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Old 04-15-2014, 03:41 AM
 
12,766 posts, read 14,114,722 times
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Quote:
Originally Posted by ansible90 View Post
More like 30+ years. The IBM PC came out August 12, 1981. Before that there were mainframe computers. I worked with computers in the 70s.
Ditto...gawd terminals were large. But I do remember teaching teenage new hire clericals some basics before they were given some formal training.
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Old 04-15-2014, 05:17 AM
 
Location: too far from the sea
19,905 posts, read 18,914,045 times
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Quote:
Originally Posted by jrkliny View Post
Sorry, all the seniors I know are highly tech savvy. The idea that kids are whizzes with technology and could teach seniors is just plain out of date by a full generation. The computer and information age is over 15 years old.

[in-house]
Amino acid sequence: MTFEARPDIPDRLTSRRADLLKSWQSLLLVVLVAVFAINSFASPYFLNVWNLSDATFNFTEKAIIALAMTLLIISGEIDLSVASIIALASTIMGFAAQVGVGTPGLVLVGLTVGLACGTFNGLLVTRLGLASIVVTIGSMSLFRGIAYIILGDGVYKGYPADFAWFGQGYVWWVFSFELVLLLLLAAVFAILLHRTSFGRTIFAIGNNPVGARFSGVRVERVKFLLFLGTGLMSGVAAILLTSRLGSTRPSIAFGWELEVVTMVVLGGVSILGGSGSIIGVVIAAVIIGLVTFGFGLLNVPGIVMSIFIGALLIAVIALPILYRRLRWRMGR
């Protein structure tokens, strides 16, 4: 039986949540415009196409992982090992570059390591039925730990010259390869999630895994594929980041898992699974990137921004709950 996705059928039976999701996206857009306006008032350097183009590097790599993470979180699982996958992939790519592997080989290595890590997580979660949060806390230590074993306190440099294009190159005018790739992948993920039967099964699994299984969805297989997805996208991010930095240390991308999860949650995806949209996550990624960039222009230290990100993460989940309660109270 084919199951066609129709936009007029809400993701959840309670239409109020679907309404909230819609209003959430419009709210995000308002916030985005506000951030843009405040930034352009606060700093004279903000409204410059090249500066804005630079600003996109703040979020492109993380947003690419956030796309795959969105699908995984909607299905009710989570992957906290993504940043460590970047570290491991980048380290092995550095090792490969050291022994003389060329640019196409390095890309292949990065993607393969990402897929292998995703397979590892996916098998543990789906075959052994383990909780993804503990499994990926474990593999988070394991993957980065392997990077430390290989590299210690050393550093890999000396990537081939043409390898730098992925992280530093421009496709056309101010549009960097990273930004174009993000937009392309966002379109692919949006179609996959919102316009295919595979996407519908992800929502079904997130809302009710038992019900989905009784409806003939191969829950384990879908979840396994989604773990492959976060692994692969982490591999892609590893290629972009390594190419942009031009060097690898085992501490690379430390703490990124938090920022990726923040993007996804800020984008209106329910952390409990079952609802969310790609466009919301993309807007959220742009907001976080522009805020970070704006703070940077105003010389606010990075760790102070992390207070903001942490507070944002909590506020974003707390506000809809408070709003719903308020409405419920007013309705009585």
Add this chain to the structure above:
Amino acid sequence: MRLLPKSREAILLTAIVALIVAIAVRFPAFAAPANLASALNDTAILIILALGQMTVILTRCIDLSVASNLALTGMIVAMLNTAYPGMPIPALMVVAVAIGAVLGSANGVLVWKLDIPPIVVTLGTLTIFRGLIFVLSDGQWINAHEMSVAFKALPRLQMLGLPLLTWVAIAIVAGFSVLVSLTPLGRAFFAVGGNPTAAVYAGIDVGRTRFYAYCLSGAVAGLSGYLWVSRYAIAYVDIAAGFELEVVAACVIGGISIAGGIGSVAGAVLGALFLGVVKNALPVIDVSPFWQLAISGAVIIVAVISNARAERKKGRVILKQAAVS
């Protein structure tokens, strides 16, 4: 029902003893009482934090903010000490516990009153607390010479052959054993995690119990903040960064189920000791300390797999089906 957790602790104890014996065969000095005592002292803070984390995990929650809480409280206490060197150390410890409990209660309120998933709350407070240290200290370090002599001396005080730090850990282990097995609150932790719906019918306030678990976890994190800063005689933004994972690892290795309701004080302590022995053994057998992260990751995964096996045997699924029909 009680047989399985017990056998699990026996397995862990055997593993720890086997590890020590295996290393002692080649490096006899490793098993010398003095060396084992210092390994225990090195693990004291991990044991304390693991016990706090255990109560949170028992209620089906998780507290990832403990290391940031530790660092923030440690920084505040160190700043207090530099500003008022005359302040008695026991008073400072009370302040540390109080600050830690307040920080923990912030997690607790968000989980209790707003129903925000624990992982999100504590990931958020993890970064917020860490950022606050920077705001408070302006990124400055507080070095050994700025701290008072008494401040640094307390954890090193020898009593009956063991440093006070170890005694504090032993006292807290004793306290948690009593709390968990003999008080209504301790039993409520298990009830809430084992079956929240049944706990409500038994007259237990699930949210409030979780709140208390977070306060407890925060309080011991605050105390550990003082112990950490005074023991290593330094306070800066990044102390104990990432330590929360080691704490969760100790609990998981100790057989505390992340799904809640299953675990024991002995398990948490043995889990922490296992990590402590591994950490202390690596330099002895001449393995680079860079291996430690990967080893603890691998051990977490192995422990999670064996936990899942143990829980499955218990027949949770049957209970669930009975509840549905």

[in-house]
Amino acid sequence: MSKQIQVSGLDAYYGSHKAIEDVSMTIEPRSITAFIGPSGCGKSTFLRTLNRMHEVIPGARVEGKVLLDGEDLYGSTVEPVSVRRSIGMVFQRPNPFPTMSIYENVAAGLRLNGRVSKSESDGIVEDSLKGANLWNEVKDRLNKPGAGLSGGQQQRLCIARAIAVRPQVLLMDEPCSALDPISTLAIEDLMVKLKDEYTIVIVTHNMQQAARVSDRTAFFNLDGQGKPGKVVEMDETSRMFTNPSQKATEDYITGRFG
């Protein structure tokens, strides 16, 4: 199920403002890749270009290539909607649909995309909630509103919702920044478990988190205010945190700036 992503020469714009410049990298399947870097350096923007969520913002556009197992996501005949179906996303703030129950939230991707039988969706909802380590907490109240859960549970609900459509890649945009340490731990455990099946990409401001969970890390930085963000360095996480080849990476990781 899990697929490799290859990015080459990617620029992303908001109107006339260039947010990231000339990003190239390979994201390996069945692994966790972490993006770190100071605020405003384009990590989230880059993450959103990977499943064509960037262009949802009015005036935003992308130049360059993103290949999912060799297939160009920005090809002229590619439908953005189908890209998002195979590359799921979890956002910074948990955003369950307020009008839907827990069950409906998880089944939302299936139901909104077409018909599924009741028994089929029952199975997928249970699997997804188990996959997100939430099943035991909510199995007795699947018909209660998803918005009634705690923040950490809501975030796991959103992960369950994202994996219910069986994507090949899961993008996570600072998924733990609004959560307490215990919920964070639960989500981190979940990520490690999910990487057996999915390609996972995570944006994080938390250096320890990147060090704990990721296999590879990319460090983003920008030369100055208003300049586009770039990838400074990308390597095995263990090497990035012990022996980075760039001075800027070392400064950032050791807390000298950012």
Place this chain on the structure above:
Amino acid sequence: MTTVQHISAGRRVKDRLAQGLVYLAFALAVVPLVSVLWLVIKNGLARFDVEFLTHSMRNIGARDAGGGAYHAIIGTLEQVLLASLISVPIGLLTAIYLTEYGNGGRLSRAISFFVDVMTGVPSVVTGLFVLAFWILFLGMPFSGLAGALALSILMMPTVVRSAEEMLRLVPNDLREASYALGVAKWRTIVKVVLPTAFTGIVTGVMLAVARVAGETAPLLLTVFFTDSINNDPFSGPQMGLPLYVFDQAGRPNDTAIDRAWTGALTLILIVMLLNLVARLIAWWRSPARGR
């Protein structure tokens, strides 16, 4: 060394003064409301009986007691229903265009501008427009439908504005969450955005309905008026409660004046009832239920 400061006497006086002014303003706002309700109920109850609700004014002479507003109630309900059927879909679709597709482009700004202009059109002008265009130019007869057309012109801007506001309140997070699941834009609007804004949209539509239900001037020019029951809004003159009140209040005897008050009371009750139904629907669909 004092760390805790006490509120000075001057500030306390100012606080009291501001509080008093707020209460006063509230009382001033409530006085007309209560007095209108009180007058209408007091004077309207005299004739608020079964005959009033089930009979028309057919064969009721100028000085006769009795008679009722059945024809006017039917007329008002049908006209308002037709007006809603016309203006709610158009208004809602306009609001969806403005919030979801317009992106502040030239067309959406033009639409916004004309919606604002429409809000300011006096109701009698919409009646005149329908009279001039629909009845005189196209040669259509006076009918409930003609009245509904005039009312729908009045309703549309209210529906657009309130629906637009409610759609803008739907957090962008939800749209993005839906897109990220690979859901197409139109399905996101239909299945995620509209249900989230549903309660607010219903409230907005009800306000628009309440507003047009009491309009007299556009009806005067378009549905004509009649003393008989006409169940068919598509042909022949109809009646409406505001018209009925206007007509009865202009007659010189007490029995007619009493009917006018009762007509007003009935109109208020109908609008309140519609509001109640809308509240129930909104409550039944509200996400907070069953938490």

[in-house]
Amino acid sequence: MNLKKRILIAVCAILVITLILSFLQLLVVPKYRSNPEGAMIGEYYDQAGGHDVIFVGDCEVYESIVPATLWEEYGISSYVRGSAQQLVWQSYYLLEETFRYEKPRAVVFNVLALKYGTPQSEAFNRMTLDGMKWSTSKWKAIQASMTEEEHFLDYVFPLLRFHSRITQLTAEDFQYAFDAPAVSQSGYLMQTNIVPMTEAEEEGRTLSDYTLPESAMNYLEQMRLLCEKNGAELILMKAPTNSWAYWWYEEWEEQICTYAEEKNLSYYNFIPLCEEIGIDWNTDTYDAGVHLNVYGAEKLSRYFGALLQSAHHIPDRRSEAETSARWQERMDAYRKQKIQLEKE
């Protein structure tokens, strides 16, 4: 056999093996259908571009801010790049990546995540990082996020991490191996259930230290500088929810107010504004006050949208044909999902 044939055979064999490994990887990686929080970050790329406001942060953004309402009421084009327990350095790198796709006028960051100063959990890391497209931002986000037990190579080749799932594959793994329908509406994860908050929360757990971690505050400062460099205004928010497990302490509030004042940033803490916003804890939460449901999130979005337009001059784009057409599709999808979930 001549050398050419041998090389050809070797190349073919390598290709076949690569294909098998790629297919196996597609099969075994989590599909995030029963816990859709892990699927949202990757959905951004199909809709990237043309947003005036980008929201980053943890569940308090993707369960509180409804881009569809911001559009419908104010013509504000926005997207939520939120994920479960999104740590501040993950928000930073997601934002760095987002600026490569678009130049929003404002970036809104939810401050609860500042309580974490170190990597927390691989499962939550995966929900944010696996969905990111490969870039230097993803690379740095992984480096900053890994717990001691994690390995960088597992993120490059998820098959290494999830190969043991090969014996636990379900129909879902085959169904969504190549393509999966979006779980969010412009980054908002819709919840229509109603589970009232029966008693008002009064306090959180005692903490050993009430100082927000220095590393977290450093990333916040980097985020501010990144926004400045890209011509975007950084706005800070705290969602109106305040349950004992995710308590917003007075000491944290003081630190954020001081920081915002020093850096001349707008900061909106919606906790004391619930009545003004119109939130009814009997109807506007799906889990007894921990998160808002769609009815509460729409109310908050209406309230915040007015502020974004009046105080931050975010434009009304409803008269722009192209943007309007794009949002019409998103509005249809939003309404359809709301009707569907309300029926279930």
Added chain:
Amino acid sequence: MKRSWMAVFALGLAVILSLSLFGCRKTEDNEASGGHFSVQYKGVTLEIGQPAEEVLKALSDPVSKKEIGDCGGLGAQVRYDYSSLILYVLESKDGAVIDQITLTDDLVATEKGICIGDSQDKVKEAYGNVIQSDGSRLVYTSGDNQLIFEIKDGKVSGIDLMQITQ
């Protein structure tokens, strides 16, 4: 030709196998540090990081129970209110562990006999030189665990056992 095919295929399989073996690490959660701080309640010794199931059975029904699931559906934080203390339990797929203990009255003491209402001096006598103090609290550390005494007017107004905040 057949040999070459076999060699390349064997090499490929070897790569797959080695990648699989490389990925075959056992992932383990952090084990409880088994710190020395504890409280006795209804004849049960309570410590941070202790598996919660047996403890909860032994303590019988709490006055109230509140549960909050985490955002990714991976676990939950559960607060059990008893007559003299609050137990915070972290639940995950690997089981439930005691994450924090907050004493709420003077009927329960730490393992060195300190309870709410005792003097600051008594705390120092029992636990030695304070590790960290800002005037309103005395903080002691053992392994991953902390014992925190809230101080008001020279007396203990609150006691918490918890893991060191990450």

Yeh, same here. Our senior center finally got computers and they started having classes. I guess no one showed up. Seniors already know how to use computers. Now they've started private computer lessons if someone needs help with something in particular. I went once when I got my new laptop, to get it set up and figure it out.
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Old 04-15-2014, 07:14 AM
 
Location: Toronto, Ontario, Canada.
2,540 posts, read 3,278,867 times
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On the other side of the coin.............

Here in Toronto, Goodwill has a course on basic auto repairs and servicing, that is focused on young males, who want to know more about their car. The teachers are all retired guys that used to be in the automotive industry, as either techs or service writers in dealerships. The teens have two choices, work on their own cars, for more understanding, or they can take a formal class, that teaches them what they need to know to get a part time job at a shop/ dealership , as a helper.